Radio (2003) / Drama
MPAA Rated: PG for mild language
Running Time: 109 min.
Cast: Cuba Gooding Jr., Ed Harris, Alfre Woodard, S. Epatha Merkeson, Brent Sexton, Chris Mulkey, Sarah Drew, Riley Smith, Patrick Breen, Debra Winger
Director: Michael Tollin
Screenplay: Mike Rich
Review published December 10, 2004
Based on a true story, Radio takes place in a small South Carolina community, where a well-respected high school football coach and teacher Harold Jones (Ed Harris, The Hours) spends most of his long days preparing his team for each big game. An unexpected event occurs, when the entire team decides to thoughtlessly torment a defenseless mentally disabled man (Gooding Jr., The Fighting Temptations), setting Coach Jones off against the team, and feeling compassion for this poor man who walks by the practice field every day, pushing his shopping cart of junk he finds. Slowly, the coach befriends this man, dubbing him with the nickname of ďRadioĒ for his affinity toward transistor radios, and the soul music played on the local stations. Soon, Radio becomes a regular part of practice, then the games, then the classroom, and almost every part of the coachís life. However, not everyone understands the motivations of the altruistic coach, and they see Radio as more of a distraction and potential danger to the students of the school and the teamís chance of winning.
Radio is directed by sports enthusiast Michael Tollin, who has exclusively directed sports films, including Hardwood Dreams, Hank Aaron: Chasing the Dream, and Summer Catch. It is also written by Mike Rich (Finding Forrester), who penned the fantastic baseball film, The Rookie, which was also based on an inspirational true story. Round this out with some very fine actors in Cuba Gooding Jr., Ed Harris and Alfre Woodard (The Core, K-Pax), and you have all the makings of a top-notch sports drama.
Cuba Gooding Jr. has gotten a bad rap for choosing some very silly comedies to be in of late, so itís easy to dismiss his performance here as one not to take too seriously, or just an attempt to try for a second Academy Award, but itís hard to imagine someone doing better than he does in the role. There is predictability to the story, and some obvious Hollywood tinkering for the sake of making it more compelling, but thatís par for the course whenever youíre dealing with true stories about sports or people overcoming adversity. You get exactly what you think youíll get, no more, no less. I suppose they could have thrown in a curveball and have made it a torrid love affair between Radio and Coach Jones, so I suppose we should be thankful for taking the safe approach.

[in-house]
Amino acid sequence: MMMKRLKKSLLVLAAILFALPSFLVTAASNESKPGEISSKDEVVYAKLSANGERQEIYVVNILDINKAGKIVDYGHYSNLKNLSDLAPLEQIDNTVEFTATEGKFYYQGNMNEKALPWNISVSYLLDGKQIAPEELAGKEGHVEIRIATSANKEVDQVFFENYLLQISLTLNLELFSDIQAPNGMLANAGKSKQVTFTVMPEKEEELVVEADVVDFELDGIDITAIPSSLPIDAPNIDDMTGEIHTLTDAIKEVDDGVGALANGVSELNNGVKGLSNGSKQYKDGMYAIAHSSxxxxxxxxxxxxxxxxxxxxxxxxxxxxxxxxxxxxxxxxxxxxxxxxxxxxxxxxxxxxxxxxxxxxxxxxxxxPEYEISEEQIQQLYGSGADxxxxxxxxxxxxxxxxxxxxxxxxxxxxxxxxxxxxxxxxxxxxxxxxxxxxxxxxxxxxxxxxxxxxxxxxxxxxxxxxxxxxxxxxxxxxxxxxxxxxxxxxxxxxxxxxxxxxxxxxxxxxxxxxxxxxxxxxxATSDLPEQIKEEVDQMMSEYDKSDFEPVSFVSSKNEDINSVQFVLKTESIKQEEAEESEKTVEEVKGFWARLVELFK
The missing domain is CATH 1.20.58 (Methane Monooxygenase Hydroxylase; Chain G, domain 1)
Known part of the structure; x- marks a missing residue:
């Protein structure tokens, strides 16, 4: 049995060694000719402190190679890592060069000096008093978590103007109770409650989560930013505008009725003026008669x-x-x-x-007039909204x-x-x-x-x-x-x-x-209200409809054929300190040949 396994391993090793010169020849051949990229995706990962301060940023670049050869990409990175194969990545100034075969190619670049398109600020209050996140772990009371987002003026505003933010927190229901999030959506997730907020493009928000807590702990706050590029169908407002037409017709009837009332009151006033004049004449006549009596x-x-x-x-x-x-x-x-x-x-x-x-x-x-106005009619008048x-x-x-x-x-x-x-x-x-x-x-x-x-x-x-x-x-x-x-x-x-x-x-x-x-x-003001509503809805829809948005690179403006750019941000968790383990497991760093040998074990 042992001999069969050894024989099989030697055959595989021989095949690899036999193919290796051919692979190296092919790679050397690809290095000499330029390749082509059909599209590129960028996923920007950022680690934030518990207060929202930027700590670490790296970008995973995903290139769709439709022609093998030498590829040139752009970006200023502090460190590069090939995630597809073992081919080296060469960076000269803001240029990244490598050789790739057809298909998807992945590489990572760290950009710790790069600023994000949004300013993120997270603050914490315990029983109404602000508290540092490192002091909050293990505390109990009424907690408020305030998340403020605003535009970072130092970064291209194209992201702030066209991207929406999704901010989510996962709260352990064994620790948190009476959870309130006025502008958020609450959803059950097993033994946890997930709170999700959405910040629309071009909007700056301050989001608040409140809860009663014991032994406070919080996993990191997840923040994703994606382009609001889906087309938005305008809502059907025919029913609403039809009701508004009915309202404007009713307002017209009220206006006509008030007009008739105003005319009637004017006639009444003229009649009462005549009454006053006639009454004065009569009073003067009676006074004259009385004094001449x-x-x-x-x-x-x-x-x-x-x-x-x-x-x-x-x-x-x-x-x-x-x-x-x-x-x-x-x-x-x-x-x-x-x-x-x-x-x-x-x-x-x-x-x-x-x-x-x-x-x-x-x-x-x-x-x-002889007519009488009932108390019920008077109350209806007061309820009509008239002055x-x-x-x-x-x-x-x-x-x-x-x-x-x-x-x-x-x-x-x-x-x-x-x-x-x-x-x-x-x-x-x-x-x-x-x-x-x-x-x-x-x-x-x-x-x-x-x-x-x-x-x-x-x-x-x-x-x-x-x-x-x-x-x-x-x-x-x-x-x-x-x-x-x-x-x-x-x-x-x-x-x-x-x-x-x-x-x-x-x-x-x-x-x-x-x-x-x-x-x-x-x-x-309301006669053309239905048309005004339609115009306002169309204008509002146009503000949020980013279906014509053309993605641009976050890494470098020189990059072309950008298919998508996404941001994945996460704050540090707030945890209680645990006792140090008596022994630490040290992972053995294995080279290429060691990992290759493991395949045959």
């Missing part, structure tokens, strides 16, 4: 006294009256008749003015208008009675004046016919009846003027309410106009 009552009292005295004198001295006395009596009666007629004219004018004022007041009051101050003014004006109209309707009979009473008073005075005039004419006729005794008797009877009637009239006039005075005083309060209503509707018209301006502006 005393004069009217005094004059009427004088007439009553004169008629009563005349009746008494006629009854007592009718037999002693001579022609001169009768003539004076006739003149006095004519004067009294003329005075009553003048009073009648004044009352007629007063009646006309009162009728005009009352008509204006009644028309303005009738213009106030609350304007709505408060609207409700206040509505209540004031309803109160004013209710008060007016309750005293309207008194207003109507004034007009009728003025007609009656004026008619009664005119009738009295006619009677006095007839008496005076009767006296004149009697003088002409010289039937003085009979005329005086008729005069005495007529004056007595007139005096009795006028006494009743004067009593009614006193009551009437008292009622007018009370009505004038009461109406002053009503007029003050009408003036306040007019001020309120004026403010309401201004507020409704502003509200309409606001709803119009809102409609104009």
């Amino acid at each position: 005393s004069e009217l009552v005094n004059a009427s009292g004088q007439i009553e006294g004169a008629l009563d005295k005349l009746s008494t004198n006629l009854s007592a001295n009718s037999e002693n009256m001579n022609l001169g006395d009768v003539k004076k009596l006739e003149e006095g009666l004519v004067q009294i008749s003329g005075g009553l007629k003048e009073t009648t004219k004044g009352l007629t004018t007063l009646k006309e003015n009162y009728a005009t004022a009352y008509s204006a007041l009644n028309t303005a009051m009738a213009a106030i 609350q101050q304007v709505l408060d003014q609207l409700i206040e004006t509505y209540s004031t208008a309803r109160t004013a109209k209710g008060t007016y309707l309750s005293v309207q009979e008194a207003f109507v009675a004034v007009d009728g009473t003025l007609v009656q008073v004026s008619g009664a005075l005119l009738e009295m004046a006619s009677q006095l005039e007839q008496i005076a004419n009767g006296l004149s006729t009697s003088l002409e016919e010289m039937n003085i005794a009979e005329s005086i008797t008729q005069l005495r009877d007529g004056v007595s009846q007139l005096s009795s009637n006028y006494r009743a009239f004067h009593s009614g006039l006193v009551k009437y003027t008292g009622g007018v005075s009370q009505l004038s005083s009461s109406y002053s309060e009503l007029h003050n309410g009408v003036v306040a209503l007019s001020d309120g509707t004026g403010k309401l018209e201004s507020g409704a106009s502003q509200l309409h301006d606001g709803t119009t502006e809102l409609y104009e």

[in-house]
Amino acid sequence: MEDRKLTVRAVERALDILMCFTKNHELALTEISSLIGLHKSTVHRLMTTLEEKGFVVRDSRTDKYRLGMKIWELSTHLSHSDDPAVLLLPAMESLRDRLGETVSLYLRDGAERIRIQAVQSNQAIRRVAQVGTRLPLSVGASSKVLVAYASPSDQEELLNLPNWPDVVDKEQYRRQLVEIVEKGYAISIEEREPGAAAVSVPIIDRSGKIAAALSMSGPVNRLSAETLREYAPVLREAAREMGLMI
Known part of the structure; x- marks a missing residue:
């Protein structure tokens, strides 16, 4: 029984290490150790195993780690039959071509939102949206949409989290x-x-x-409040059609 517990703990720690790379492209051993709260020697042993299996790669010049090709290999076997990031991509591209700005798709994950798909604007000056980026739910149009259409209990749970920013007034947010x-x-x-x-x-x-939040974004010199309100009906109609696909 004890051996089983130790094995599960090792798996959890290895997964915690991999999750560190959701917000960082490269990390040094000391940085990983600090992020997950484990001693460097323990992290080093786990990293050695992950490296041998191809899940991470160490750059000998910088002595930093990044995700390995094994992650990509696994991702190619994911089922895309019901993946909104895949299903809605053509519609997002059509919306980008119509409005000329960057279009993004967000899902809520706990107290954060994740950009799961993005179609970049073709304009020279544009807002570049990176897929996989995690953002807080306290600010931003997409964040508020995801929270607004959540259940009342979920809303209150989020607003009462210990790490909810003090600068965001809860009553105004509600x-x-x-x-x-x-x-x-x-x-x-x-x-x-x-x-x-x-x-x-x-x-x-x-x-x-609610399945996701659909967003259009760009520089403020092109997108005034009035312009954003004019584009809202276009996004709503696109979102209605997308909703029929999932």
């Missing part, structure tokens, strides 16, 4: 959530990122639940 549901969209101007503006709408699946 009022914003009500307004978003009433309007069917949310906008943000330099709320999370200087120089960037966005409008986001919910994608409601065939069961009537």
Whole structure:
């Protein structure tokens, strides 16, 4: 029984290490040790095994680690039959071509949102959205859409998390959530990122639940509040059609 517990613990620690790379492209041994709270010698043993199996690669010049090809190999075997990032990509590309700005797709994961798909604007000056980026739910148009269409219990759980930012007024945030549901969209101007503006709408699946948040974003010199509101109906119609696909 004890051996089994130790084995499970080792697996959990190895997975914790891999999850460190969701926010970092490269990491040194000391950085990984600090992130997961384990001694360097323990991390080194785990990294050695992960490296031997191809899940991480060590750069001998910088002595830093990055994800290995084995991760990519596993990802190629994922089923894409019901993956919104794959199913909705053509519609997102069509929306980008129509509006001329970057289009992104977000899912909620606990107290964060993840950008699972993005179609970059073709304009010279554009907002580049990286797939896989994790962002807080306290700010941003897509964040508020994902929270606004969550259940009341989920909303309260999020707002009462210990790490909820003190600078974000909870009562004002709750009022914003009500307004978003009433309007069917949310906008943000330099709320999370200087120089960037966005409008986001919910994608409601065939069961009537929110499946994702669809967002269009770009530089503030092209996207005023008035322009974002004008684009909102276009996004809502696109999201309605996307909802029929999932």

Contrivances abound, so those who are jaded when it comes to feel-good Hollywood will want to take this into consideration before attempting to view Radio. Itís not for scrooges or film snobs. (Iím always amazed that Radio can always find a terrific soul song anytime he wants, and never hits a commercial break -- was commercial radio really so much better in the mid-70s??) Thereís also some overreaching done for some shallow conflicts, as if a mentally challenged man becoming the townís hero werenít a difficult enough feat. Itís a big pill to swallow, and even though I knew I was being manipulated every step of the way, it still worked for me.
Gooding is good, and Harris is fantastic, and when you see the real Radio and Coach Jones at the end of the movie, it is a touching moment that makes all of the story manipulations worthwhile. Radio is a bit heavy on the syrup, but still satisfying nonetheless.
©2004 Vince Leo